Fast Statistical Analysis of Rare Failure Events for SRAM Circuits in High-Dimensional Variation Space

2015-08-01T00:00:00Z (GMT) by Shupeng Sun
SRAM (static random-access memory) has been widely embedded in a large amount of semiconductor chips. Therefore, the yield of most semiconductor chips is dominated by the yield of SRAM. SRAM consists of a considerable number of replicated components (e.g., SRAM bit-cell, SRAM array, sense amplifier, etc.), and the failure event for each individual component must be rare in order to achieve sufficiently high yield. Accurately estimating the rare failure rates for these replicated circuit components is a challenging task, especially when the variation space is high-dimensional. In this thesis, three novel approaches have been proposed to efficiently estimate the rare failure probability in the SRAM circuits.
First, we propose a subset simulation (SUS) technique to estimate the rare failure rates for circuit blocks which have continuous performance metrics. The key idea of SUS is to express the rare failure probability of a given circuit as the product of several large conditional probabilities by introducing a number of intermediate failure events. These conditional probabilities can be efficiently estimated with a set of Markov chain Monte Carlo samples generated by a modified Metropolis algorithm. To quantitatively assess the accuracy of SUS, a statistical methodology is further proposed to accurately estimate the confidence interval of SUS based on the theory of Markov chain Monte Carlo simulation.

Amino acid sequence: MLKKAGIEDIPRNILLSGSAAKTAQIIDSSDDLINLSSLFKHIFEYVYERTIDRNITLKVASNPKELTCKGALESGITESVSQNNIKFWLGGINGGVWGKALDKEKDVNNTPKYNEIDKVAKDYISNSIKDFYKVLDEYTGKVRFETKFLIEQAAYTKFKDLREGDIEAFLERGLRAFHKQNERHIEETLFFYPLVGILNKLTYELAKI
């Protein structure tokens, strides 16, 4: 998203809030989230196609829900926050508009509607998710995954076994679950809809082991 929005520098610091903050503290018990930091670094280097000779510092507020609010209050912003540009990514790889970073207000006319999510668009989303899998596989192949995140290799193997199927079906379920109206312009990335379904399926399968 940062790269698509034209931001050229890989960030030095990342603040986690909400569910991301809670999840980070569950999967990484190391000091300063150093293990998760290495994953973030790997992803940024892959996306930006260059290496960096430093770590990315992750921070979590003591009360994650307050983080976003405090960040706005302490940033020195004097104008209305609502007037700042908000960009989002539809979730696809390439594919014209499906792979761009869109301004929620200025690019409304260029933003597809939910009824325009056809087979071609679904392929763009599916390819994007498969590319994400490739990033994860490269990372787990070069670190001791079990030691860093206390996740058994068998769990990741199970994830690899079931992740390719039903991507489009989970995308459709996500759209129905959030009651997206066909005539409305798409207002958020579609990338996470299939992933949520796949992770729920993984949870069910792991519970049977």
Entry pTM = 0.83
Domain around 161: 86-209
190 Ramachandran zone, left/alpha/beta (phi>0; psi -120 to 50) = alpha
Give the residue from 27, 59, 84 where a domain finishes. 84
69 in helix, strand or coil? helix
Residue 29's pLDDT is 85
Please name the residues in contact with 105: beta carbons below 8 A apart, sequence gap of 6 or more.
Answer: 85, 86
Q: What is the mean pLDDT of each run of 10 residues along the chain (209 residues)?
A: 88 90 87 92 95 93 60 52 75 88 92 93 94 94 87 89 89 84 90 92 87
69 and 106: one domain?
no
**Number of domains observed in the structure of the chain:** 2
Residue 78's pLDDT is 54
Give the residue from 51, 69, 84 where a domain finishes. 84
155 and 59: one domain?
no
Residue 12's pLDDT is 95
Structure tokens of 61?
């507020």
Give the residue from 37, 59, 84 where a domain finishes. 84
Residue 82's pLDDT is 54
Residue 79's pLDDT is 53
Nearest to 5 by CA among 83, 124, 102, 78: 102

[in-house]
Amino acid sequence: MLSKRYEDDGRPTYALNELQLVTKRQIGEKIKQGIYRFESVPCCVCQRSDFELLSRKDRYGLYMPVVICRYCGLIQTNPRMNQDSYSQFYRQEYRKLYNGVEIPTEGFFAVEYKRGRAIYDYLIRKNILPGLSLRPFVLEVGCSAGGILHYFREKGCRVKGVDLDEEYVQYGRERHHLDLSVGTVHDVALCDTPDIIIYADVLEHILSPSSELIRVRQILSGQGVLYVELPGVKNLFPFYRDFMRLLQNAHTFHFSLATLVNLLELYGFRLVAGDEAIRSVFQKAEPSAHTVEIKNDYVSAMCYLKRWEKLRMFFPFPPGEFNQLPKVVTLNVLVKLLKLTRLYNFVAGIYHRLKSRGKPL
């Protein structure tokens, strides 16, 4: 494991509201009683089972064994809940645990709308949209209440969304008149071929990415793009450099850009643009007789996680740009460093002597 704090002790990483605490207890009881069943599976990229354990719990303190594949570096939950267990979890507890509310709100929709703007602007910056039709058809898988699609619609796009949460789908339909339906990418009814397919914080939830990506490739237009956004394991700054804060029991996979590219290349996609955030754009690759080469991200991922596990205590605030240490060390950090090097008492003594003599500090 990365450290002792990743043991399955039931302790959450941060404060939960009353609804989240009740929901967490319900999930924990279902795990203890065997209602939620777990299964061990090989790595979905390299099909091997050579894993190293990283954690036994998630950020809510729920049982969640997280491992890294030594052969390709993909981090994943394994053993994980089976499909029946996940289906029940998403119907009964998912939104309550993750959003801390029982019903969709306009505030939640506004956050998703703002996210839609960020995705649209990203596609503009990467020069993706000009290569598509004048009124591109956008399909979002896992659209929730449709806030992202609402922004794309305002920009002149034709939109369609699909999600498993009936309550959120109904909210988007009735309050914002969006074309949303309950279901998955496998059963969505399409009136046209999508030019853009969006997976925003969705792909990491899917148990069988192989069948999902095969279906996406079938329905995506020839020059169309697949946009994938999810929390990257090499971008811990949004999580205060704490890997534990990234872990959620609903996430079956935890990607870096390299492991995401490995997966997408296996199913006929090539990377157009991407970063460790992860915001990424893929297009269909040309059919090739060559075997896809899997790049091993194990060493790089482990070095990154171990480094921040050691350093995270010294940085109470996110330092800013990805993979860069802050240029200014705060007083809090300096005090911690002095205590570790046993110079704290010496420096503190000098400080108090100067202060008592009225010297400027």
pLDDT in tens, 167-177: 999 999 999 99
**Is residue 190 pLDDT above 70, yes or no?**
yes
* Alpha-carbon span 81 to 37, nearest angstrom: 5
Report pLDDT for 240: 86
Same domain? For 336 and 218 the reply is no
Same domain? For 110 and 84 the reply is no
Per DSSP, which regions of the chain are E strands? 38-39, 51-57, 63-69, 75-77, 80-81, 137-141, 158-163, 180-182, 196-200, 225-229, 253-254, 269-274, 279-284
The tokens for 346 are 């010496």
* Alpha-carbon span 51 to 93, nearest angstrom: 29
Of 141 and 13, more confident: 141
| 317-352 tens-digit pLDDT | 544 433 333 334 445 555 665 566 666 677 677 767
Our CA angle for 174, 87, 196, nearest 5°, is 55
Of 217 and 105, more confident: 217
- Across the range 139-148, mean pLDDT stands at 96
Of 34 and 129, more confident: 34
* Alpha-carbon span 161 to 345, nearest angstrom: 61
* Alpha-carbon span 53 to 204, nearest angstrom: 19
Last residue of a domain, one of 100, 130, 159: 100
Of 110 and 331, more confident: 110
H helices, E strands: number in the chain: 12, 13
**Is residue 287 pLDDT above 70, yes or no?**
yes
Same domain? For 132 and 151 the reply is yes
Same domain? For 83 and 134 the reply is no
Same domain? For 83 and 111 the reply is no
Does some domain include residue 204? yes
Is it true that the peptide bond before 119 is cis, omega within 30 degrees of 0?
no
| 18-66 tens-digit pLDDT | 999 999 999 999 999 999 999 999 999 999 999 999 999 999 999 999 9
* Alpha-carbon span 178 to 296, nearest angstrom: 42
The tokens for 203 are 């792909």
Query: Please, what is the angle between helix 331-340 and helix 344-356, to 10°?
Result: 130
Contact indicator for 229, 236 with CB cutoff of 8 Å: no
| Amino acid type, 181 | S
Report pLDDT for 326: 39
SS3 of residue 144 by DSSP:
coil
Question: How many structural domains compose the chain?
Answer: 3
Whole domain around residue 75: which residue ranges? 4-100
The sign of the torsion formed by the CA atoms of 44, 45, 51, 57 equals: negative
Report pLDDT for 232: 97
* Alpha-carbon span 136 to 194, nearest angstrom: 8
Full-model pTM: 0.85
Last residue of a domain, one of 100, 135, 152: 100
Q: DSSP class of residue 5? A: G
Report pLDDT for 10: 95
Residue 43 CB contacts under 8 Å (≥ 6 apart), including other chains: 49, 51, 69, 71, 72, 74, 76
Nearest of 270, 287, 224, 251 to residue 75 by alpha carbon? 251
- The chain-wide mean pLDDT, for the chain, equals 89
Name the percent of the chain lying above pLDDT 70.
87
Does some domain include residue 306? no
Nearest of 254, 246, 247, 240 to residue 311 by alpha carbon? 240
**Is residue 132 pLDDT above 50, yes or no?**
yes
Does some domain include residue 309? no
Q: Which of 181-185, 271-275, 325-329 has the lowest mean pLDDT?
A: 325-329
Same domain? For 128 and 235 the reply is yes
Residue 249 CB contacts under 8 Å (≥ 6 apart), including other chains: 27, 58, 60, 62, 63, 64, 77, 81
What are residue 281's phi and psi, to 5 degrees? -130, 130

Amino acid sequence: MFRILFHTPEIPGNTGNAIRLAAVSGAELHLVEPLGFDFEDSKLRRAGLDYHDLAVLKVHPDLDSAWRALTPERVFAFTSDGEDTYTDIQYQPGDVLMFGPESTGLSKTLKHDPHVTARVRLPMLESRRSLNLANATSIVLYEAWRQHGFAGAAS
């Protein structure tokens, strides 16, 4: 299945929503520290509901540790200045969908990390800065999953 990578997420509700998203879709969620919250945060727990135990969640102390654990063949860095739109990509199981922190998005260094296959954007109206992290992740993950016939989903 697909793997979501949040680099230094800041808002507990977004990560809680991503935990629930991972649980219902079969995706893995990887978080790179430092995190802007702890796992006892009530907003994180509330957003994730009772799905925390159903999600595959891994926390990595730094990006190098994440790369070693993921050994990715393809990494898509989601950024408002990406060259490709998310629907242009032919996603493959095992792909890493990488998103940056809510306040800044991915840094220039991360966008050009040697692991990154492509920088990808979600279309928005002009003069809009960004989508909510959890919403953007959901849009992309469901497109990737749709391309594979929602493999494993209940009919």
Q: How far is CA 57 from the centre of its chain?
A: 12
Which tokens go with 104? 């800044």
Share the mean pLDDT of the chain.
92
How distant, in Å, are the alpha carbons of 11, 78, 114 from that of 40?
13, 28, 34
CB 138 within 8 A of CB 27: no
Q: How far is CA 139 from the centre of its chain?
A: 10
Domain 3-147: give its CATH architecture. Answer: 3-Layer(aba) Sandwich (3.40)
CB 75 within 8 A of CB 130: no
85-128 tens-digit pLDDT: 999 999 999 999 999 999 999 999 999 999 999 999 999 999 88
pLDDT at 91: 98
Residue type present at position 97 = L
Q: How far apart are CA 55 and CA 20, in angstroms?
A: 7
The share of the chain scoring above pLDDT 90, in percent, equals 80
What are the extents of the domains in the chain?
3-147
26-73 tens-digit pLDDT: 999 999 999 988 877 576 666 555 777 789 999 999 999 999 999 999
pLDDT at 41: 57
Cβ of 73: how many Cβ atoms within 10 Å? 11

Second, to efficiently estimate the rare failure rates for circuit blocks which have discrete performance metrics, scaled-sigma sampling (SSS) is proposed. SSS aims to generate random samples from a distorted probability distribution for which the standard deviation (i.e., sigma) is scaled up. Next, the failure rate is accurately estimated from these scaled random samples by using an analytical model derived from the theorem of “soft maximum”.
Finally, to further reduce the simulation cost, we propose a Bayesian scaled-sigma sampling (BSSS) approach which can be considered as an extension of SSS. The key idea of BSSS is to explore the “similarity” between different SSS models fitted at different design stages and encode it as our prior knowledge. Bayesian model fusion is then adopted to fit the SSS model with consideration of the prior knowledge.